I was thinking about Wilkes-Barre in springtime of the good old days and downtown Wilkes-Barre as the greatest generation knew it.
I and Baby Boom stragglers were fortunate enough to experience it before Tropical Storm Agnes wiped it out forever.
It was a glorious May day when Pete Chaivanik made his presence known to my 6-year-old self. In my bouffant skirt, Walter's Shoe Store oxfords and that year's Easter bonnet, I came to town on the bus with a mother who didn't know how to drive.
There in front of Fowler, Dick, and Walker, The Boston Store -- smack-dab on the most prosperous block of the Valley – was plunked this twisted, drooling, palsied man. The nerve! How brazen, right in front of the Boston Store!
At first sight, Pete was scary, so messy and scary. Then -- no! -- my mother made my sister and I drop a nickel in that ugly felt hat that collected his salary, and even say hello to him.
Oh, I didn't want this. I was all dressed up for a day in the most glamorous city on earth. South Main Street, with plate-glass windows filled with clothes that rich ladies wore and that my mother tried to emulate for us on her sewing machine, was a whole city-block of glamour, from The Boston Store to Blum's to Lazarus to the Beverly and The Hollywood Shoppe.
How could my mother do this? How could she ruin it by embarrassing me like this? Did I want one of those stupid pencils he drooled over? I snatched one with as tight and fake a smile as any mortal child could.
And then Pete, still a young man, looked at me. He smiled, too, and choked on, Thank you! Have a nice day. Laugh if you want, but a vain little miss saw God.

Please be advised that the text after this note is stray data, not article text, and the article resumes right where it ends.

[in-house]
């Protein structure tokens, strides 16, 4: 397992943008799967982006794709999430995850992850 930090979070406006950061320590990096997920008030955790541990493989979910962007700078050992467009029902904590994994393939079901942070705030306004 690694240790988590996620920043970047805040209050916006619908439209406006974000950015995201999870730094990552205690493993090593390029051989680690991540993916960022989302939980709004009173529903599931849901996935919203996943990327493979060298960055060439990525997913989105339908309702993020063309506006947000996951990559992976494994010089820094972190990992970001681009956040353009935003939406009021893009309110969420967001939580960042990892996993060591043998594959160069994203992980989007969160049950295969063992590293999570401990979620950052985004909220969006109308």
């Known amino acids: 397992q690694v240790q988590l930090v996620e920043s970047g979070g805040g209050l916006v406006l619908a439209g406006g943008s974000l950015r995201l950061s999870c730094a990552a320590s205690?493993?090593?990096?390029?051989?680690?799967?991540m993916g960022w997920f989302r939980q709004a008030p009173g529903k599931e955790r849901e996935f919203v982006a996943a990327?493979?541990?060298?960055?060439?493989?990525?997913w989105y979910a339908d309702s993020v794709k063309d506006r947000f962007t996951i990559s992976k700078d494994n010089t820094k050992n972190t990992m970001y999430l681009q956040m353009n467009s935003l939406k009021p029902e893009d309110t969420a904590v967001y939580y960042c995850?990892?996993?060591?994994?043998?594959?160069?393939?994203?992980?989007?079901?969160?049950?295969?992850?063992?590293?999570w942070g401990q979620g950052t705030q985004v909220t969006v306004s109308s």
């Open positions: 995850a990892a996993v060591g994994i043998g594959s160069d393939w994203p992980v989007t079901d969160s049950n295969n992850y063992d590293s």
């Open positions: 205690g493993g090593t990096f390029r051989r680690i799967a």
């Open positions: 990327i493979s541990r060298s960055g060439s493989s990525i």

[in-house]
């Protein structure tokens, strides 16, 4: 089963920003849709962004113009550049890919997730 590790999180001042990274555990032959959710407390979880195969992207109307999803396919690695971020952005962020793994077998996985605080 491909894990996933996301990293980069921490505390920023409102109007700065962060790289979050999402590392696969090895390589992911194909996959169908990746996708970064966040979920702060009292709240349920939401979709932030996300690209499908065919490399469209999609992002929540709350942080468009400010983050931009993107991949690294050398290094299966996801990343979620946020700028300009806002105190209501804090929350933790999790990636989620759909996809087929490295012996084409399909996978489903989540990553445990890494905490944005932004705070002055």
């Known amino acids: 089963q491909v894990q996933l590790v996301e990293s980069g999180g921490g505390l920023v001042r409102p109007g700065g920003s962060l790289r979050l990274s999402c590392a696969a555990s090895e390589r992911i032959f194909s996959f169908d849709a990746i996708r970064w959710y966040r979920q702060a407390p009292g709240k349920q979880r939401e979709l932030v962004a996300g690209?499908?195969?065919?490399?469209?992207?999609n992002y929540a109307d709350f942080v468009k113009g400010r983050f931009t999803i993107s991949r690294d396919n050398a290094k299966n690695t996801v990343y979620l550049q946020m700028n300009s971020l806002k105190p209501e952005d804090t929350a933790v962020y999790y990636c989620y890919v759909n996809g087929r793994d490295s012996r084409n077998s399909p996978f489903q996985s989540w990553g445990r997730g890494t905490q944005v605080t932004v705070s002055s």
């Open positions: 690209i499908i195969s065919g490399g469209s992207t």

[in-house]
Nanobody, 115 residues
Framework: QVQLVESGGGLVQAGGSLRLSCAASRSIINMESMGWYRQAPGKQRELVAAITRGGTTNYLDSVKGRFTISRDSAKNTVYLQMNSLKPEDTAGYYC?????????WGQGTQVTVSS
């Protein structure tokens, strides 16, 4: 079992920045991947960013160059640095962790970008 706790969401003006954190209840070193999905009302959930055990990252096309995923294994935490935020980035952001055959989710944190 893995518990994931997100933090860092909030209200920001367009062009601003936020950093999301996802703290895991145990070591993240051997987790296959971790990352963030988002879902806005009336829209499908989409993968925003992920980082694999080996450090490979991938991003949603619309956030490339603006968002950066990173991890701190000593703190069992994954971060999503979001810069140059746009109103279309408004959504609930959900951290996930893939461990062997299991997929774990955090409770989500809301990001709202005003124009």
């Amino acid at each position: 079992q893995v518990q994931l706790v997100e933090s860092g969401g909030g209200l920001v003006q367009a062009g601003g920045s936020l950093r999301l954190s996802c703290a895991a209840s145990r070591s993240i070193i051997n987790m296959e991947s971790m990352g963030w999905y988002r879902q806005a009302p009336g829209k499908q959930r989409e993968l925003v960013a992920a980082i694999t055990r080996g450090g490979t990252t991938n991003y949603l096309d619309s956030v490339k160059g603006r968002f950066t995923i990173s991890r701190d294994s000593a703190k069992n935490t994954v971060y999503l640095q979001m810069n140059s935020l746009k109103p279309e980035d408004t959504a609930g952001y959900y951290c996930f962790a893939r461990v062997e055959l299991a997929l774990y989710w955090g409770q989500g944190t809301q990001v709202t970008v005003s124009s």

I was so angry, walking away looking over my shoulder at that monstrous man with his need and poverty bared to the world, unashamed. Scandalous. Heartbreaking.
I was angry more than anything because something wouldn't let me turn away. I kept looking even after Pete struggled to maneuver his cart out of the noontime sun. Something, some force wouldn't let me turn my back to him. Some voice whispered very quietly, in the voice a child's mind heeds, This is the truth about the world you will live in, vain little girl. I will never let you forget that in the midst of springtime and plate-glass windows full of pale lovely things, there's a primary feeling that will obliterate everything else.Pete was courage personified; he was, to me, a fitting knight of the Savior I would come to worship. But I was so angry that day for being introduced to God.
My friendship with Pete would grow through the years; memories of him in winter cold in front of Zayre's, when South Main Street would no longer have him, or at places that took him on consignment, were bitter and eternal.
Pete Chaivanik is an angel who left this Earth 25 years ago this July, on a broiling hot 1988 summer day. Fifty years older now, how I wish I could walk out of Boscov's Department Store as the kettle-guard rings the Christmas bell and meet again that visitor from heaven.